Over the past several weeks, a renewed battle to save the Arctic National Wildlife Refuge has been raging across the country. The recent passage of the overwhelmingly unpopular tax bill included a provision to allow drilling in the refuge. Though this bill is a legitimate threat, the fight to protect the Arctic Refuge has just begun.
For 30 years, the Arctic Refuge has remained protected because of the support of the American people. While this recent vote was a setback, we stand ready to fight for America’s last great wilderness for our children, grandchildren and the Gwich’in people, whose livelihood depends on this sacred place. We will not rest. We will not yield. We will not for a moment forsake.
Our own Sen. Maria Cantwell has rallied to stand up for what she knows is right. In a recent hearing, Cantwell stated, “We are never stopping in trying to protect the Arctic Wildlife Refuge.” In 2005, she led a filibuster to protect the refuge from a similar budgetary measure to open it to drilling. This time, we all need to match her grit and unmatched determination in the effort to save the Arctic from destructive oil and gas development. This fight is meaningful not only on a professional level, but also on a very personal level.
In 2008, I walked across the coastal plain of the Arctic National Wildlife Refuge with my dad and four close friends and saw firsthand the vast and breathtaking beauty of a landscape unlike any other place in North America. The Gwich’in people subsist and live alongside the Porcupine caribou herd that migrates across the land for over a thousand miles each year.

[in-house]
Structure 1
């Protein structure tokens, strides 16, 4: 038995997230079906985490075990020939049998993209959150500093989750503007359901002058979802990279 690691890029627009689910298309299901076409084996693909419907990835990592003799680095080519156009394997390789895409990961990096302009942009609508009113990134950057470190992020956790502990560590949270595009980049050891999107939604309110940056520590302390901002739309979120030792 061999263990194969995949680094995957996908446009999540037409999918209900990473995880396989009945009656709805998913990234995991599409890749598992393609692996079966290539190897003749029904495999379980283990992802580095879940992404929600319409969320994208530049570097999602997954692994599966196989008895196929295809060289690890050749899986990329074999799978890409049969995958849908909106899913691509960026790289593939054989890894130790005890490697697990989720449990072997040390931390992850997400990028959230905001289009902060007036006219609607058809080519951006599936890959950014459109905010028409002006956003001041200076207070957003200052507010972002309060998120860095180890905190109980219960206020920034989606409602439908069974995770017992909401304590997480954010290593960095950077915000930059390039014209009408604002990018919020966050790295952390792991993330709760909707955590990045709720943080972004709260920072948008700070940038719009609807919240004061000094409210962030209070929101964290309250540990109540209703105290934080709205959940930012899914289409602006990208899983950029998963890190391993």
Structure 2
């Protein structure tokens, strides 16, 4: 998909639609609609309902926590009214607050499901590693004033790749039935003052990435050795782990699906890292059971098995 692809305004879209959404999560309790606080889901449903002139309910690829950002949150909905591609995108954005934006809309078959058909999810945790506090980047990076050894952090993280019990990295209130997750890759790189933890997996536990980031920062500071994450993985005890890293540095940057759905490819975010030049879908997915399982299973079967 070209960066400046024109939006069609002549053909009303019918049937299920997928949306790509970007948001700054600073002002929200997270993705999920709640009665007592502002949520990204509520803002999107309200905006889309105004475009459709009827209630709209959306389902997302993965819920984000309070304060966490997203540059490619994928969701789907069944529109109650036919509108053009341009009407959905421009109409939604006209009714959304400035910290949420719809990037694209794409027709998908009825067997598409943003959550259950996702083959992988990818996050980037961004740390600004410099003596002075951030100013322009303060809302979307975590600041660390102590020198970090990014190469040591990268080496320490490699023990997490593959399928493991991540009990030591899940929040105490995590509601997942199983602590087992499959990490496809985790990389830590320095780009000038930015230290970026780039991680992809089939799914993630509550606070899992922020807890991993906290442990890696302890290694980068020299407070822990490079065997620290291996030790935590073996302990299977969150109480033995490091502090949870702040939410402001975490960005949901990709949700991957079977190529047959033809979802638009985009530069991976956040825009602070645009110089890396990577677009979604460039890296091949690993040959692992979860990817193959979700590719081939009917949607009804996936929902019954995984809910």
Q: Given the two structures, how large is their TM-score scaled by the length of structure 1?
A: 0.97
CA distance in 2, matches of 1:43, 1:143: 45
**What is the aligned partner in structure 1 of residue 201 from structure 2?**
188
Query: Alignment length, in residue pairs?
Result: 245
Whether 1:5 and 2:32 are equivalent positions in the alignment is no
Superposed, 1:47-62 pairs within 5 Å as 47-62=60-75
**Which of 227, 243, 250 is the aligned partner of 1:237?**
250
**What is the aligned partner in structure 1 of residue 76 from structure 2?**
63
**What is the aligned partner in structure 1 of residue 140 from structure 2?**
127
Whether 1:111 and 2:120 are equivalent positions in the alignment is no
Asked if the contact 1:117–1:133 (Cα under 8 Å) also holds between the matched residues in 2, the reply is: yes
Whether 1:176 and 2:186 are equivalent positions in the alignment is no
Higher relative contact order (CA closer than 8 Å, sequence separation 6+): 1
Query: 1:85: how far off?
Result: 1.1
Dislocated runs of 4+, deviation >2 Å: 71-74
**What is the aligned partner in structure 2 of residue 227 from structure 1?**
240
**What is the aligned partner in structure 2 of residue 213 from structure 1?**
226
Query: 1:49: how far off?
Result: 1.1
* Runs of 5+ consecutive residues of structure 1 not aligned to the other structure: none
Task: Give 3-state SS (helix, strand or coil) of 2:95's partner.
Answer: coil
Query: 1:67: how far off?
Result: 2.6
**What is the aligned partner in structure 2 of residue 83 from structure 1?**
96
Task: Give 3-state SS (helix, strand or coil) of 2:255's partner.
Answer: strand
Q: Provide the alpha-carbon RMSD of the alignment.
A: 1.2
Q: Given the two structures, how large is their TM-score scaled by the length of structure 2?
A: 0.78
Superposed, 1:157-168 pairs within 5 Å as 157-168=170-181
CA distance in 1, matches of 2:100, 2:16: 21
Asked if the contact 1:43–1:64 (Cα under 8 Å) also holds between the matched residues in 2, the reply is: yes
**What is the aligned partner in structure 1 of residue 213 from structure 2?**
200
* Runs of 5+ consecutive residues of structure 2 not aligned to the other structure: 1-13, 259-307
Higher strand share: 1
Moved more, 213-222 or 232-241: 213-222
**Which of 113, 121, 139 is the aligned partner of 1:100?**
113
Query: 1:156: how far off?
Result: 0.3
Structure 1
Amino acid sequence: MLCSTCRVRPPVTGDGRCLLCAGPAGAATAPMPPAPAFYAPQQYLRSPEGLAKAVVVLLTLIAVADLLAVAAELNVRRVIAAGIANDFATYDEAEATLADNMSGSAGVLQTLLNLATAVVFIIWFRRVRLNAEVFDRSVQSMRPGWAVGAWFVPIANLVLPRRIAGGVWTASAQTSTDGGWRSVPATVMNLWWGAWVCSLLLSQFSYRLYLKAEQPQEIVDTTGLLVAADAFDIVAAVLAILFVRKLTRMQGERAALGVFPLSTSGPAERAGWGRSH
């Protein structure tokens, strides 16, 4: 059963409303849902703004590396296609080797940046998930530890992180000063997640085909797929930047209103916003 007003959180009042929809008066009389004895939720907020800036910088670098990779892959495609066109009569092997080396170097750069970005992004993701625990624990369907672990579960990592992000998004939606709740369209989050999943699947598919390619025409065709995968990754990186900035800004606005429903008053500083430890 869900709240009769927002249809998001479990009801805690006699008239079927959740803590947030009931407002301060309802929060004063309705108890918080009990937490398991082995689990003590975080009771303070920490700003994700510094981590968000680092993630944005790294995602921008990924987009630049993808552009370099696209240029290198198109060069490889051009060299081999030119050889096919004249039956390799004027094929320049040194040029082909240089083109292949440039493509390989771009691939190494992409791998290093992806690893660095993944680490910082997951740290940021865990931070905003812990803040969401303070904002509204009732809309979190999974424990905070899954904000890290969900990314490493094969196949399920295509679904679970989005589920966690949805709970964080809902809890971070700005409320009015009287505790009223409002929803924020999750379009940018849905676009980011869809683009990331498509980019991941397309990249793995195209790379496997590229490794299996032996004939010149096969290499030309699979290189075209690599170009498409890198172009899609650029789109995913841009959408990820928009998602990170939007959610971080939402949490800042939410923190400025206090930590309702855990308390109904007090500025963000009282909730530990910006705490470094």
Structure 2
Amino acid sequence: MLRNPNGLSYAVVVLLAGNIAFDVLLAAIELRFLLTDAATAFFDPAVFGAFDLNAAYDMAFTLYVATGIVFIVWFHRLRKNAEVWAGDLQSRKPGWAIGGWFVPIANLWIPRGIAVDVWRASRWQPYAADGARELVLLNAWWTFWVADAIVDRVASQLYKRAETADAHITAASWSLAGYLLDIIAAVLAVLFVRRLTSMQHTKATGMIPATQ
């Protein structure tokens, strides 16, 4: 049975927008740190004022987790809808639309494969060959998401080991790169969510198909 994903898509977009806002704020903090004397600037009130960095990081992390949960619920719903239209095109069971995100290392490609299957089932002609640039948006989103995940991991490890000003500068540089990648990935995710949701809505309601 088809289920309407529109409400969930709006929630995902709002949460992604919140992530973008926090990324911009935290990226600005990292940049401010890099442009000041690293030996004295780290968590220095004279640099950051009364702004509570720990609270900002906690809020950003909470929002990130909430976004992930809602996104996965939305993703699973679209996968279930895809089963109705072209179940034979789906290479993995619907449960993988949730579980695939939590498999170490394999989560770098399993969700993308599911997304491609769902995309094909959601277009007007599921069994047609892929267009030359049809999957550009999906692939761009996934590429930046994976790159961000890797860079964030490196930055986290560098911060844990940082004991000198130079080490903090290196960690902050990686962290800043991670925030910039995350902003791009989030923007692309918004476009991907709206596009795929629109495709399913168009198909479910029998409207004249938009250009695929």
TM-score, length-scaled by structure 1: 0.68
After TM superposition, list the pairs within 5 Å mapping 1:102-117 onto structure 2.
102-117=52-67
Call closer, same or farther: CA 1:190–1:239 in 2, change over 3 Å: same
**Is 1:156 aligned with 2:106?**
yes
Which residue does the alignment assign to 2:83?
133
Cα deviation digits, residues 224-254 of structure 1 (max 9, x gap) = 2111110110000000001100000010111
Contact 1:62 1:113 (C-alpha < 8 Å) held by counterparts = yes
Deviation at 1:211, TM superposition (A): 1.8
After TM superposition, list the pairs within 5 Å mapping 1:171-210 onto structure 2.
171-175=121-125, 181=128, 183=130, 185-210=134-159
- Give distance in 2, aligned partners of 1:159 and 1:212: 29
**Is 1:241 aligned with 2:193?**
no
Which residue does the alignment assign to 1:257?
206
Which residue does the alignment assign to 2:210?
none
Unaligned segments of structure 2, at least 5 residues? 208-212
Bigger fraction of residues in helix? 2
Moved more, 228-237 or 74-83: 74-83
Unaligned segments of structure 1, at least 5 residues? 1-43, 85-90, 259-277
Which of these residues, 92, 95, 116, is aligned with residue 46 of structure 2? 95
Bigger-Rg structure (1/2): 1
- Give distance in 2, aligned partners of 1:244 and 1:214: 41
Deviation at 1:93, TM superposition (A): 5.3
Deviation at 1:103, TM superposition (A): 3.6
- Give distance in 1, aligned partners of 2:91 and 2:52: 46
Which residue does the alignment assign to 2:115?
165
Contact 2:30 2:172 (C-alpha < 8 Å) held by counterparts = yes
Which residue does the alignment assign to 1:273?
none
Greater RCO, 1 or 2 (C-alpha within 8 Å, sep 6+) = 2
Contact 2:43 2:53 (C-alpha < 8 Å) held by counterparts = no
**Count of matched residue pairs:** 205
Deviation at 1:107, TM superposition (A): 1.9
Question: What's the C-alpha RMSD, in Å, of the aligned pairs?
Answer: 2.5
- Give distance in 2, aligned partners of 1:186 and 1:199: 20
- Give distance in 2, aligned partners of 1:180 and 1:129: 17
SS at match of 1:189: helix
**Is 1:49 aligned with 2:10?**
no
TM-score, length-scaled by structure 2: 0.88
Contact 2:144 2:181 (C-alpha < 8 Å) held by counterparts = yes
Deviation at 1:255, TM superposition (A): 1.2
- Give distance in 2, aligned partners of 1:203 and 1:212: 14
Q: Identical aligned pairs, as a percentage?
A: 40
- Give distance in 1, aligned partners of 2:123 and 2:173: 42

Snow-capped mountains stand in sharp contrast while icy rivers snake their way from peaks to plains. On one rather eventful day of our trip our group encountered a peregrine falcon, a number of Dahl sheep, a distant grizzly bear, thousands of caribou and the ever-elusive wolverine. This was the Arctic as it should be: pure, untouched wilderness protected for wildlife and the people who depend on them.
On a subsequent trip, I ventured over Prudhoe Bay by bush plane and witnessed the future of the Arctic Refuge if exposed to drilling. There were miles of land already scarred by the presence of oil and gas pipelines, roads and other industrial infrastructure. The earth below was stained with brown lines from trucks traveling back and forth. The metallic glare of machinery and pipelines littered the fields for miles.
We have millions of acres of public lands and parks, but we only have one Arctic Refuge. If we allow politicians to decimate it for temporary financial gains, what is to stop them from turning to another valued landscape next? What else will go on the chopping block if the Arctic Refuge is drilled: Yellowstone or Yosemite perhaps?
At this point in the 21st century, with human actions already jeopardizing our climate, we should be reducing our dependencies on oil and gas, not opening pristine and protected wildlife sanctuaries to corporate special interests. Wringing money from the Arctic for short-term and limited financial gain is a temporary solution to a problem that does not exist. Damaging the Arctic with oil and gas development is permanent.
The Arctic National Wildlife Refuge is sacred ground, and the American people have shown time and time again that they are willing to defend it. The Gwich’in people call the coastal plain of the refuge “the sacred place where life begins.” As the process moves forward, it is critical that those who care about the Arctic Refuge stand with them, at every step, to protect their way of life.
As Americans, we have a voice regarding how our public lands are used. Please join me in fighting this threat every step of the way, from the halls of Congress to the courtroom.
Ben Greuel is the Washington state regional director for The Wilderness Society. He has been engaged in Arctic conservation issues for over a decade, including as Alaska program manager for the Conservation Lands Foundation.
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